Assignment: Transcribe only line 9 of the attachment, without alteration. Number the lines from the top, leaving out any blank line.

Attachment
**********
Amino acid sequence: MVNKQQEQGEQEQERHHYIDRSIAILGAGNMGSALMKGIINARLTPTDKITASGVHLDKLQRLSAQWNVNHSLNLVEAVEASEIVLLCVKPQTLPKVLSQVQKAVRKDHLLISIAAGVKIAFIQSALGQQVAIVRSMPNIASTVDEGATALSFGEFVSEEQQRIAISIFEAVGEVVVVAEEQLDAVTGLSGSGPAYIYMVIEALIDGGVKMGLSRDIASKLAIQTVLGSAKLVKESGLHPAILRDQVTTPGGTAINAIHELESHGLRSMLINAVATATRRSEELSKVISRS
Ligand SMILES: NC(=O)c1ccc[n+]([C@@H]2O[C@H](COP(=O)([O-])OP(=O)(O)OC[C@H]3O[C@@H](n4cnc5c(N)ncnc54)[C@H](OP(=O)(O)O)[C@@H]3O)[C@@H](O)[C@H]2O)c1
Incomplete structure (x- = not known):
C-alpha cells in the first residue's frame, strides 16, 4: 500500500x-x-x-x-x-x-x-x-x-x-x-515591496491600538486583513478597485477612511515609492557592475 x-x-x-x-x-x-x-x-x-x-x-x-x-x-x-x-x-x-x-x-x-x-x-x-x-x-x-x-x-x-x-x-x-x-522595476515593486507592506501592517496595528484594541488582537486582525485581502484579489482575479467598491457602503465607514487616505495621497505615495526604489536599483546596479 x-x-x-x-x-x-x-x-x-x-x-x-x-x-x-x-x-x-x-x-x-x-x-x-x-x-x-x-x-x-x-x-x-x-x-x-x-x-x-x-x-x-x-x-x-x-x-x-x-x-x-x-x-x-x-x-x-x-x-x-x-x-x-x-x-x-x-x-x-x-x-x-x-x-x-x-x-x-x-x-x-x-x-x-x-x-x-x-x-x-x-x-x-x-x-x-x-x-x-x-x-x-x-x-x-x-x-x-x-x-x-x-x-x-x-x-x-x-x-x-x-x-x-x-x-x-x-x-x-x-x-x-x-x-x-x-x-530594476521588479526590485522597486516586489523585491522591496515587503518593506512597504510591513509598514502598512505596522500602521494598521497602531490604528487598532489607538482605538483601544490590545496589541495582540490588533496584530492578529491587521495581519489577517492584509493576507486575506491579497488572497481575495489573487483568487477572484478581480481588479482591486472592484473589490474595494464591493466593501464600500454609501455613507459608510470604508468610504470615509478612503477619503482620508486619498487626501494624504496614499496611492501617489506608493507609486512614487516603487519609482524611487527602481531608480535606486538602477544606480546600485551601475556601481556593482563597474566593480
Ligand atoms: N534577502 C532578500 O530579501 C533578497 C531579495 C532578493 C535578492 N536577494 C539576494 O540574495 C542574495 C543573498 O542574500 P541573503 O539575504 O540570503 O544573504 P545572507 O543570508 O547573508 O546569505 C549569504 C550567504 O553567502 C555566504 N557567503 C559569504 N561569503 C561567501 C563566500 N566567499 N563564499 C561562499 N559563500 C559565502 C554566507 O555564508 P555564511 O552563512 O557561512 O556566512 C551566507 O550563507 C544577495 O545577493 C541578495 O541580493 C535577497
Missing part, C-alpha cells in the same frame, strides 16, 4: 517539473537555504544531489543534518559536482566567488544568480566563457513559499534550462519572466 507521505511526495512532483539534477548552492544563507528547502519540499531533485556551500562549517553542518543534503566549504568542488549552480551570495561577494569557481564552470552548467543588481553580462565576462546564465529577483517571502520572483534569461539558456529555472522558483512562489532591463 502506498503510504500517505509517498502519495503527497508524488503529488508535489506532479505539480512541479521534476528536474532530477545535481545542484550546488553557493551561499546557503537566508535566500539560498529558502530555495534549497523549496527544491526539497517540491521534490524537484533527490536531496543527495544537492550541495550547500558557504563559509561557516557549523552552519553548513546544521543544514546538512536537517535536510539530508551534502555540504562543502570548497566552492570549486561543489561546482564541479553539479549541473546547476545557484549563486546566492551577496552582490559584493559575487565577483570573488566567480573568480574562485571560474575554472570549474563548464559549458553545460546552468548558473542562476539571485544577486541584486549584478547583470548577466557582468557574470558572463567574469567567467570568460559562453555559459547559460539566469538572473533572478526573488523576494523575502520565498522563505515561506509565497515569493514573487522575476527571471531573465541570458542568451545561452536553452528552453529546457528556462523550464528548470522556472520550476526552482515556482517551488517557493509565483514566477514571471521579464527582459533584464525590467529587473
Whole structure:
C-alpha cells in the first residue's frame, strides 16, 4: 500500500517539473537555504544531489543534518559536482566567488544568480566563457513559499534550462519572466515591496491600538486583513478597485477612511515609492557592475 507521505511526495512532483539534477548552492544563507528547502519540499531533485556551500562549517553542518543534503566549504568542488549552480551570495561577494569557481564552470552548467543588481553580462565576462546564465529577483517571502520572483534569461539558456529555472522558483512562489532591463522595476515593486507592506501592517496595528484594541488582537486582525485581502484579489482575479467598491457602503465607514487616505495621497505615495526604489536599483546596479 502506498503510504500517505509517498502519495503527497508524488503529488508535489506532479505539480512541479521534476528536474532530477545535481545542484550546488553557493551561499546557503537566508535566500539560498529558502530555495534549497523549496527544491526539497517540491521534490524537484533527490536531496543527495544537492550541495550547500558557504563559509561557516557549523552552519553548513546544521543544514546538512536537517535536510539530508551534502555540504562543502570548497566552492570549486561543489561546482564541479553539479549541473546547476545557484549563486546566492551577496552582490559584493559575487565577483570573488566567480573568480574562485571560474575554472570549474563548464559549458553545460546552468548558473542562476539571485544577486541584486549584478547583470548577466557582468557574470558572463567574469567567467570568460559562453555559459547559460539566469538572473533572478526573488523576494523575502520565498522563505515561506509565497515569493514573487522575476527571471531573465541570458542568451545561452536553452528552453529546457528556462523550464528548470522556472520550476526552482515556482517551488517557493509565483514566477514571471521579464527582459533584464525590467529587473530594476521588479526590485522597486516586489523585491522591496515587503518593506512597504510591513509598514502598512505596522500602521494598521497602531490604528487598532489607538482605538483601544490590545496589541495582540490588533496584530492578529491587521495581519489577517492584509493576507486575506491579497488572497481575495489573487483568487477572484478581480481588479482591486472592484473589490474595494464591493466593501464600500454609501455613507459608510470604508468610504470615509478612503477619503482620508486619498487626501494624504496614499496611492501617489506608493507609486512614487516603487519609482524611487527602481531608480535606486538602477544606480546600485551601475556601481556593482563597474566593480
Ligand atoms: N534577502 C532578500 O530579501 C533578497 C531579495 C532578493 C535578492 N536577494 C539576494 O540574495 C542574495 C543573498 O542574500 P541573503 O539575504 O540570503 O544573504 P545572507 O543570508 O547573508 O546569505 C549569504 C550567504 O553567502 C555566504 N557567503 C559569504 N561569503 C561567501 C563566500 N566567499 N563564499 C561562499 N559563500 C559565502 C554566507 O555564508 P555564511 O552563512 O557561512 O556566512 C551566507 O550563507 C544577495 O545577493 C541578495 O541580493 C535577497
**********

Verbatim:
Ligand atoms: N534577502 C532578500 O530579501 C533578497 C531579495 C532578493 C535578492 N536577494 C539576494 O540574495 C542574495 C543573498 O542574500 P541573503 O539575504 O540570503 O544573504 P545572507 O543570508 O547573508 O546569505 C549569504 C550567504 O553567502 C555566504 N557567503 C559569504 N561569503 C561567501 C563566500 N566567499 N563564499 C561562499 N559563500 C559565502 C554566507 O555564508 P555564511 O552563512 O557561512 O556566512 C551566507 O550563507 C544577495 O545577493 C541578495 O541580493 C535577497